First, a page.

by Silvia Martell
Namie, a Japanese town inside the Fukushima nuclear disaster exclusion zone, was hurriedly evacuated following the 11 March 2011 earthquake, tsunami and nuclear meltdown. It has been a ghost town ever since: among the deserted streets and shuttered shops, the only sign of life has been some weeds pushing through the frequent cracks of paving stones. Heavy black bags of radioactive soil, piled up at every corner, remind gloomily of the accident. However, the town is hoped to reanimate soon: from April 1, inhabitants will be able to return, although it is highly uncertain whether or not they will want to.
Located only 5 kilometers away from Fukushima Daiichi nuclear power station, Namie’s 21,000 residents were asked to leave on the morning of 12 March 2011, following the nuclear alert. Due to the high risk of radiations, the town was not searched for bodies until a month later. Since then, former inhabitants have been occasionally allowed to come back and collect some belongings, rigorously wearing anti-radiation suits and masks, and never staying for longer than a couple of hours.
What the majority of the public does not know is that back in 2011, the town was dangerously radioactive only for a few days: the isotopes were soon gone. “People could have been returning after a month, when the iodine had disappeared,” says Shunichi Yamashita, a thyroid cancer specialist at Fukushima Medical University and advisor of the Japanese government in the aftermath of the accident. Yamashita’s consideration was however ignored due to Japanese government’s concerns with safety, and it was only recently decided that Namie is now ready to be repopulated. In April 1, the first train will pull into the railway stations and buses will run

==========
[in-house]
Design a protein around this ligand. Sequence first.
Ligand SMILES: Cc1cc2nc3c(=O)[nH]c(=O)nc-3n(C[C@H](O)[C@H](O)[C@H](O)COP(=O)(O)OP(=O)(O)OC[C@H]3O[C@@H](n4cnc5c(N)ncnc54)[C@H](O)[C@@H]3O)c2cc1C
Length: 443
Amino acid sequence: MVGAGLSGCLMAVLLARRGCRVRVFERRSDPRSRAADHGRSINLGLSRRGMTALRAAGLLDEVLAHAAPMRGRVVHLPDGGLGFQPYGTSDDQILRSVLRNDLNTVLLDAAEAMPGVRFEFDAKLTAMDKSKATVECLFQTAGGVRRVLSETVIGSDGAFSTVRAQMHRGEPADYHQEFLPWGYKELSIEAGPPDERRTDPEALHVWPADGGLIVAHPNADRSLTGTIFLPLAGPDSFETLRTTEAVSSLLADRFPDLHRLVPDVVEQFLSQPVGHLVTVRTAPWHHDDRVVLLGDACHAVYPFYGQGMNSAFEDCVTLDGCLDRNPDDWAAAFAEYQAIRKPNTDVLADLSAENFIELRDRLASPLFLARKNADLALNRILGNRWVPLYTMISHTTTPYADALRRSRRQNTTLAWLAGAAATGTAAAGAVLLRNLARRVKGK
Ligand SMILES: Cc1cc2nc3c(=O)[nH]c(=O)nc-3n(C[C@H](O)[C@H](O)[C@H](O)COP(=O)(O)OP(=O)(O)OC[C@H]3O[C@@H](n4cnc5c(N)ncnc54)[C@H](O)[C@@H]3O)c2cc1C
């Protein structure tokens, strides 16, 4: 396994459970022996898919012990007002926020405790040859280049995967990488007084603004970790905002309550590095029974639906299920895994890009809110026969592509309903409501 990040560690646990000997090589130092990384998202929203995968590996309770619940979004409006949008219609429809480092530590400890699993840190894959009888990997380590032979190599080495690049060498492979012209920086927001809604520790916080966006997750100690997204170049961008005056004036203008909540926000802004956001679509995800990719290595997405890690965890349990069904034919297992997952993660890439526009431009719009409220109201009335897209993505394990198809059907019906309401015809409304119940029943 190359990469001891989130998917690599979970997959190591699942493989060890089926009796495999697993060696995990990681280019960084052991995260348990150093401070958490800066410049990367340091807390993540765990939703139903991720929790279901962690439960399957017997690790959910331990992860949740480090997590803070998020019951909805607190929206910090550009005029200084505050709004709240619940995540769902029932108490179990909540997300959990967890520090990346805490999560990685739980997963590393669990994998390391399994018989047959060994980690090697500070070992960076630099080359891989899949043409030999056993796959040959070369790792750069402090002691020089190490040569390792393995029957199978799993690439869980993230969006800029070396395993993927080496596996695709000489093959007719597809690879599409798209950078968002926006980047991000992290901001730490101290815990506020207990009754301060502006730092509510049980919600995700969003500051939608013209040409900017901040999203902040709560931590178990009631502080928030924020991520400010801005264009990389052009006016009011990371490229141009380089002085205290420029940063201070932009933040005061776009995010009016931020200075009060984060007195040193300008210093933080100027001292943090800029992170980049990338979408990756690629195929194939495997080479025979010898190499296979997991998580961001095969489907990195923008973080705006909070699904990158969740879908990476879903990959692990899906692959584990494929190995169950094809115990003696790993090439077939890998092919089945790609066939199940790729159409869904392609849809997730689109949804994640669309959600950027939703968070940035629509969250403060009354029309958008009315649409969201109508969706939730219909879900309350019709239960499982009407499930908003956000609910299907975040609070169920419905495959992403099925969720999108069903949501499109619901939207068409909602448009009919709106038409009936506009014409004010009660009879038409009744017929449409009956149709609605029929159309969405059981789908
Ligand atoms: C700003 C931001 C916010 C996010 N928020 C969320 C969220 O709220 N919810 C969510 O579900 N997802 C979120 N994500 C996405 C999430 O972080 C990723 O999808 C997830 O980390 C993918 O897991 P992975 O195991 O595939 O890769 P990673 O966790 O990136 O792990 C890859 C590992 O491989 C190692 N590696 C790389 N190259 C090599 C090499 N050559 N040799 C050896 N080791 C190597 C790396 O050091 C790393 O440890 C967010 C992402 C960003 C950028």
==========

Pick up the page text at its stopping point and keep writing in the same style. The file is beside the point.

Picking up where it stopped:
However, it is highly questioned whether inhabitants will come back to their old homes. Naraha, a nearby town, has registered only a fifth of its former inhabitants returning, and surveys suggest it will be no different for Namie. In fact, although records prove Namie’s radiation dose is around two millisieverts, with the standard threshold set at 20 (a fifth of the level at which long-term health effects are likely), the chaotic aftermath of the accident strongly reduced public trust in official reassurances about radioactivity. Ken Nollett, director of radiation health at the Fukushima Medical University, acknowledges the public’s mistrust: “It’s very difficult to convince the public that it is safe to return. They don’t accept the scientists’ view, because they see us as nuclear allies”. Recent reports of sky-high radiation levels inside the molten core of one of the reactors — levels that would kill humans in seconds — can only worsen the spread fear. Another cause of the reluctance to come back is that years have passed since the evacuation, and families have now moved on: new homes, jobs, and schools for children.
It seems therefore very likely that Namie’s destiny will be of desolation and its main population of wild animals as last summer’s bear spotted in the suburbs of the town seems to suggest.